Policy and Advocacy: Through collaboration with governments, non-government entities, organizations and volunteers, OLF helps to guide decision making and develop better programs and practices related to plastic pollution. This may include actions such as packaging restrictions, disposal guidelines and more.
Infrastructure Development: Without the proper infrastructure to manage waste, many countries are unable to properly dispose of excess plastic. OLF helps to develop new recycling technologies and plastic equity markets. In addition to reducing plastic waste, these infrastructure initiatives also create employment opportunities and support economic growth.
Cleanup and Restoration: With the help of local citizens and volunteers, OLF removes plastic and debris from shorelines to create a safer, healthier environment. Ample research and planning is completed prior to physical cleanups. To date, The Ocean Legacy Foundation has cleaned 146 kilometres of shoreline and collected 187,215 pounds of waste.(8)
The Ocean Legacy Foundation takes a holistic approach to dealing with the plastic problem. As I’m sure you already know, I take a holistic approach to healing. And as a company with a deep commitment to sustainability, a partnership between OLF and Graydon Skincare seemed like a perfect match!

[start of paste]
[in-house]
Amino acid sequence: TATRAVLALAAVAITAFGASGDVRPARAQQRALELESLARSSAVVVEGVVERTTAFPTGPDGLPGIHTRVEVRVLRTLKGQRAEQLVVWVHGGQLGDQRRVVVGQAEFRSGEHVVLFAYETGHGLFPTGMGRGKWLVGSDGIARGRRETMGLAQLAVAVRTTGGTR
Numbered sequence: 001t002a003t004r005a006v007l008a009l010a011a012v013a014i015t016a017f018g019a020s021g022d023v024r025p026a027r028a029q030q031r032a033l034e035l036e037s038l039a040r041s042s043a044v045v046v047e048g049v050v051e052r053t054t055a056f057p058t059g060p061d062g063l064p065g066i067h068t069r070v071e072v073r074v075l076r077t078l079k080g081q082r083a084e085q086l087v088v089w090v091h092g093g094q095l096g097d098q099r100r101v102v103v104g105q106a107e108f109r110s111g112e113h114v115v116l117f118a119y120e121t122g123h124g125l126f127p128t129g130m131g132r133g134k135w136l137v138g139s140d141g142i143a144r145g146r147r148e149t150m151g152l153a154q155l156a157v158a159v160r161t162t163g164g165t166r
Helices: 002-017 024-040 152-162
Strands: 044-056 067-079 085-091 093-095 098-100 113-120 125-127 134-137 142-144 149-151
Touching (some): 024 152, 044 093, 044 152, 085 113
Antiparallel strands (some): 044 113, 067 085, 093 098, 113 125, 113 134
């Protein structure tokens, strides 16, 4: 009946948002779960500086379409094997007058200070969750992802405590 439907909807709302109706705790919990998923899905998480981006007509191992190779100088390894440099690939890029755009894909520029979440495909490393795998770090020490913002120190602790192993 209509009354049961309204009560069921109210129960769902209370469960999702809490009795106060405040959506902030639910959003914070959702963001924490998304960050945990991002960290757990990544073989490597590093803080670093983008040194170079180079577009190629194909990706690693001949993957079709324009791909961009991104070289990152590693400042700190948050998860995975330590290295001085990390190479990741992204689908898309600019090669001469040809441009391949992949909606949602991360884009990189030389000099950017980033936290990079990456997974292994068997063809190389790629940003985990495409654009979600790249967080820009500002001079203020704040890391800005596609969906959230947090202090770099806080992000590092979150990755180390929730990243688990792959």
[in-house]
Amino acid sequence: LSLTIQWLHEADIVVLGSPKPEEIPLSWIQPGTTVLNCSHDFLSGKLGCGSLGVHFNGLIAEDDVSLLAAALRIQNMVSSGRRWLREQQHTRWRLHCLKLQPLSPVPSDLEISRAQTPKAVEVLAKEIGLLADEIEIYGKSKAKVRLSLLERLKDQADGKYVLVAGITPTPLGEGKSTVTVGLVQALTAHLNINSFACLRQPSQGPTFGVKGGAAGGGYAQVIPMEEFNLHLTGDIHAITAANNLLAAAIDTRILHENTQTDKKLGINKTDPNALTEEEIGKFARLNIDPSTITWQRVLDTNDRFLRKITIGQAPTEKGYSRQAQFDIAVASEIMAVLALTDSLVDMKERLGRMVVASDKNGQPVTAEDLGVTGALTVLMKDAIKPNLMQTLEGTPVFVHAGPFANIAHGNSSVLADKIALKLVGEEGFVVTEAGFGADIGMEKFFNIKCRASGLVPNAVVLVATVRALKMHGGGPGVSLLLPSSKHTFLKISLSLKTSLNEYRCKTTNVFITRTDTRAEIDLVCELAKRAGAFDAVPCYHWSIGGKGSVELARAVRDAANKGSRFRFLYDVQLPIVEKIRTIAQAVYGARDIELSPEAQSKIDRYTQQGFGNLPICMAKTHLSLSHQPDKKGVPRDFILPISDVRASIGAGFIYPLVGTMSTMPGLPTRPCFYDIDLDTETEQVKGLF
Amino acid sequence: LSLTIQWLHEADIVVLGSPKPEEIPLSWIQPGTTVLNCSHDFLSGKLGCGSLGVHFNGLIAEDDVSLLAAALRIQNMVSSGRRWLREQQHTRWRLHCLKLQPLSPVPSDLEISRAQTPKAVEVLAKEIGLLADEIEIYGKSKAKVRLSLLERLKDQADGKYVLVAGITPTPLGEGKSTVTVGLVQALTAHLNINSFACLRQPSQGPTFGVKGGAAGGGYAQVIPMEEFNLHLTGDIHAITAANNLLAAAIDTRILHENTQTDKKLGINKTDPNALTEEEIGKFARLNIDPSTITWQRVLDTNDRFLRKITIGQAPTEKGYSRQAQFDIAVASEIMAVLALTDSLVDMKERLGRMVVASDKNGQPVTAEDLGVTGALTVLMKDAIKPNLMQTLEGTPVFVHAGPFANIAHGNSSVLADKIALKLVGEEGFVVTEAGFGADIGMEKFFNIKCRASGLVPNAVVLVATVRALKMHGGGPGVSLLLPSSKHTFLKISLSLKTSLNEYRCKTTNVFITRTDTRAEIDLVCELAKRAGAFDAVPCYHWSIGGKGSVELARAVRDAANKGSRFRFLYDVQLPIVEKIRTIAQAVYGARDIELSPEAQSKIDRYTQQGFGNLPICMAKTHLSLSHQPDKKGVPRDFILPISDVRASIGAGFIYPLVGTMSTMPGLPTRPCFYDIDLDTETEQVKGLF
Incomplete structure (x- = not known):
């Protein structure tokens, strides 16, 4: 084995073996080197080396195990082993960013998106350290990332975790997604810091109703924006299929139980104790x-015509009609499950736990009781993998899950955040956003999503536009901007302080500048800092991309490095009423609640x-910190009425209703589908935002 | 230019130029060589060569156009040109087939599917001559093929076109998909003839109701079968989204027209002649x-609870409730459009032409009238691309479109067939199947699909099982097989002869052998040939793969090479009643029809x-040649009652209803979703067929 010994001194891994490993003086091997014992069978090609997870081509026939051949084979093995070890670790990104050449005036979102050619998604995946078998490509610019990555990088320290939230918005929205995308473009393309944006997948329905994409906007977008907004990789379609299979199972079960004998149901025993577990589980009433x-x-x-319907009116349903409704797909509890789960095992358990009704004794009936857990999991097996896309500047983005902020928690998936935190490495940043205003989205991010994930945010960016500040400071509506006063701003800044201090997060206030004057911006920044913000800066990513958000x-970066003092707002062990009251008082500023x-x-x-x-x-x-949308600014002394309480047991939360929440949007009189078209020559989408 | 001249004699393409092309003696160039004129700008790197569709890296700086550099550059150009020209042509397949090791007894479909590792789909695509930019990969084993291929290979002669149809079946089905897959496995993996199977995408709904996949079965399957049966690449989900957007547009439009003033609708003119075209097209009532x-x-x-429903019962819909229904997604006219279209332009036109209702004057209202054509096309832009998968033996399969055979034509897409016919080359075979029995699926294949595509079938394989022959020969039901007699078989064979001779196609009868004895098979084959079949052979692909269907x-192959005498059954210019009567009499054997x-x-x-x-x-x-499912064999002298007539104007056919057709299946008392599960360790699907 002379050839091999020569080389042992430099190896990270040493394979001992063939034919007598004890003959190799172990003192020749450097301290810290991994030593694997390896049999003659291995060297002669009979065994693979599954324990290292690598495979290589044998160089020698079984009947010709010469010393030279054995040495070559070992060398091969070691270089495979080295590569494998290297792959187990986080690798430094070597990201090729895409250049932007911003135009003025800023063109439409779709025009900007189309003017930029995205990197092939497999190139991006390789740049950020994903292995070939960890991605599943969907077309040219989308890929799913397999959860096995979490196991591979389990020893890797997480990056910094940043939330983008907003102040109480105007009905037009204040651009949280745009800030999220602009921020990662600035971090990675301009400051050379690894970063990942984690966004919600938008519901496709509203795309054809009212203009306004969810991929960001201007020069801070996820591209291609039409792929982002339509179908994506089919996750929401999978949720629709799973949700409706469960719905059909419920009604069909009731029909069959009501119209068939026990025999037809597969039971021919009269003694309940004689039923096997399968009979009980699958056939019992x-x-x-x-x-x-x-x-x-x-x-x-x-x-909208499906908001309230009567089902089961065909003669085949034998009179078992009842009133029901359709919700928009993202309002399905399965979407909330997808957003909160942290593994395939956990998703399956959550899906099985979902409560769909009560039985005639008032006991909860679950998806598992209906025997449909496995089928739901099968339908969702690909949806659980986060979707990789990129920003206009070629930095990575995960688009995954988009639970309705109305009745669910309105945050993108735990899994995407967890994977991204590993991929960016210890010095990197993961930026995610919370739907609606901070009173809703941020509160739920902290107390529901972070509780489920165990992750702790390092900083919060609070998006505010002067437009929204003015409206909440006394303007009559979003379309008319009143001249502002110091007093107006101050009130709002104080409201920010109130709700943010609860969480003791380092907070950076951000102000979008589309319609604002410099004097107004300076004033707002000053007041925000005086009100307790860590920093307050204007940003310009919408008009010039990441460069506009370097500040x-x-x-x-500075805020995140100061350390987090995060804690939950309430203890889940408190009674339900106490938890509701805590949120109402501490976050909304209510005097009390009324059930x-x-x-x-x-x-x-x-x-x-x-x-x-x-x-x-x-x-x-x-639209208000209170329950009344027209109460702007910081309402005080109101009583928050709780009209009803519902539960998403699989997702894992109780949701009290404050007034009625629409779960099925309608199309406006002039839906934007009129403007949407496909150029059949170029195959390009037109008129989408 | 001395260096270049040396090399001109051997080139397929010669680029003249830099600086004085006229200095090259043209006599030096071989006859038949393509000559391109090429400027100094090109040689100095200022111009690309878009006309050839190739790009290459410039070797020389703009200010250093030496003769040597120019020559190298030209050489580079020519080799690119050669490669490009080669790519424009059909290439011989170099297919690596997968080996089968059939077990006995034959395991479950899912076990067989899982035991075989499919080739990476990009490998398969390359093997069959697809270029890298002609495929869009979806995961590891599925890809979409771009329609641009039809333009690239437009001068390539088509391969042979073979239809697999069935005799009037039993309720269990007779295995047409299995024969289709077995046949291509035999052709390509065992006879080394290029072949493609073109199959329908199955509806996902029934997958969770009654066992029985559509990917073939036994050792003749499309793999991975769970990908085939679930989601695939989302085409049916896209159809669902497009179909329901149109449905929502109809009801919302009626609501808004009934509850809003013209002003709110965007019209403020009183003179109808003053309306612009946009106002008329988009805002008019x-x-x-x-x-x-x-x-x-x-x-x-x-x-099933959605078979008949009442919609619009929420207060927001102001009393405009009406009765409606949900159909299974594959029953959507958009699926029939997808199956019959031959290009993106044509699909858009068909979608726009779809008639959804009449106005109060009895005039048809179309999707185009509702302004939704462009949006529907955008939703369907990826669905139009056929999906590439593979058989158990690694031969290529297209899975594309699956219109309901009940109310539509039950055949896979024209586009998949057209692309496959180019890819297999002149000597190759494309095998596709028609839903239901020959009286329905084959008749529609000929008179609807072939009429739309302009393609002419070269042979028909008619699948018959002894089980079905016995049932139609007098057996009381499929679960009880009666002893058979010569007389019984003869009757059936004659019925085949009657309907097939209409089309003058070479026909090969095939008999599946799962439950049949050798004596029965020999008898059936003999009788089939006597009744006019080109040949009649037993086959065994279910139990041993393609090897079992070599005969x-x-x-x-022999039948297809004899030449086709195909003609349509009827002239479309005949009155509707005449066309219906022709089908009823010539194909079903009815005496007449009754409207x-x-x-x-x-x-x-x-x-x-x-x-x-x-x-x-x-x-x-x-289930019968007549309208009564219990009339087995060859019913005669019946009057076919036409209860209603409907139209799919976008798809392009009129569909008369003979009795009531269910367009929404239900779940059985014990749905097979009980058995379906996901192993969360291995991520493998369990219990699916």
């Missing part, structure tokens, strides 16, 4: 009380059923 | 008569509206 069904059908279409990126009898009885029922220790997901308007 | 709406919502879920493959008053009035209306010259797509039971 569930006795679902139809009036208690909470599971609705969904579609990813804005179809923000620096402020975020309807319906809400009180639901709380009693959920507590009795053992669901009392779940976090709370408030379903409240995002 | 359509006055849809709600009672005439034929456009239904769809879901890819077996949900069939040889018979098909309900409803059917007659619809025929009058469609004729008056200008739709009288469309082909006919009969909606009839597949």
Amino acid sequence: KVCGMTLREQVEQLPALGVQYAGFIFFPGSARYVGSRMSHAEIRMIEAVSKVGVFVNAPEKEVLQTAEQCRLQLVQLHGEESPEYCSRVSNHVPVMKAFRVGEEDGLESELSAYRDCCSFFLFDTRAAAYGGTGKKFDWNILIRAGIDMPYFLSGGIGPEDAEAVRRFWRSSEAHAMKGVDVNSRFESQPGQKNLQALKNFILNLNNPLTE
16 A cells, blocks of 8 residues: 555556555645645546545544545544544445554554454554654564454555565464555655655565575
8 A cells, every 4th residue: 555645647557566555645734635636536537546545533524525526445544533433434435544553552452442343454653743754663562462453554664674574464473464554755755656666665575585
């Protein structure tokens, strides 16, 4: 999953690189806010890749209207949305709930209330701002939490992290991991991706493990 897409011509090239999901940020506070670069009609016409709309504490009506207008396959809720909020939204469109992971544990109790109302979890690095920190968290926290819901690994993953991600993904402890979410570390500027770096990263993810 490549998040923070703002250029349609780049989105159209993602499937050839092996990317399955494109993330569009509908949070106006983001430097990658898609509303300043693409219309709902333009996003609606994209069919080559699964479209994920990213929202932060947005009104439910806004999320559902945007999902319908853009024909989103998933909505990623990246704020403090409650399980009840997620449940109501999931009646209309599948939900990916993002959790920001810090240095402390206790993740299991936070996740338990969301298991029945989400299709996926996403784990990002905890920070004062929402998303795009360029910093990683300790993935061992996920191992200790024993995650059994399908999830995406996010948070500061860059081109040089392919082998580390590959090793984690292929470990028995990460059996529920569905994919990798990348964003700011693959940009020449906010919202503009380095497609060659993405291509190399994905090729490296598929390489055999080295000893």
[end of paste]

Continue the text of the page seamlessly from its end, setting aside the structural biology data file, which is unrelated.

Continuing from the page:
Our partnership with The Ocean Legacy Foundation
I would love nothing more than to help Ocean Legacy with a coastline cleanup. Perhaps that’s a Graydon team building activity for the future. But for now, we’re proud to donate $1 to the Ocean Legacy Foundation for every 30ml bottle of Fullmoon Serum we sell. This money will be used to help fund cleanups in ecologically sensitive regions and reduce the amount of plastic that is harming our planet.
There’s no denying that plastic has its benefits, but the fact of the matter is that we have too much of it and we’re not disposing of it properly. While The Ocean Legacy Foundation’s EPIC initiative is imperative on a global scale, any small changes that you can make to reduce your plastic consumption are of equal value.
Please visit oceanlegacy.ca to learn more about their important work.
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Main image by: jonathanfilskov-photography
(1) Parker, Laura. “Plastic Pollution Facts and Information.” National Geographic, 3 May 2021, www.nationalgeographic.com/environment/article/plastic-pollution.
(2) Hardin, Tod. “The Basics On 7 Common Types of Plastic.” Plastic Oceans, 23 February 2021, plasticoceans.org/7-types-of-plastic/
(3) Editors. "polyethylene terephthalate." Encyclopedia Britannica, 20 May 2020, www.britannica.com/science/polyethylene-terephthalate.
(4) Editors. “Which Plastics Are Recyclable By Number?” The Old Farmer’s Almanac, 23 April 2021, www.almanac.com/content/which-plastics-are-recyclable-number
(5) Britannica, The Editors of Encyclopaedia. "polypropylene." Encyclopedia Britannica, 6 Dec. 2017, www.britannica.com/science/polypropylene.
(6) Ritchie, Hanna and Roser, Max. "Plastic Pollution." Our World In Data, September 2017, ourworldindata.org/plastic-pollution#how-much-of-ocean-plastics-come-from-land-and-marine-sources
(8) The Ocean Legacy Foundation, oceanlegacy.ca/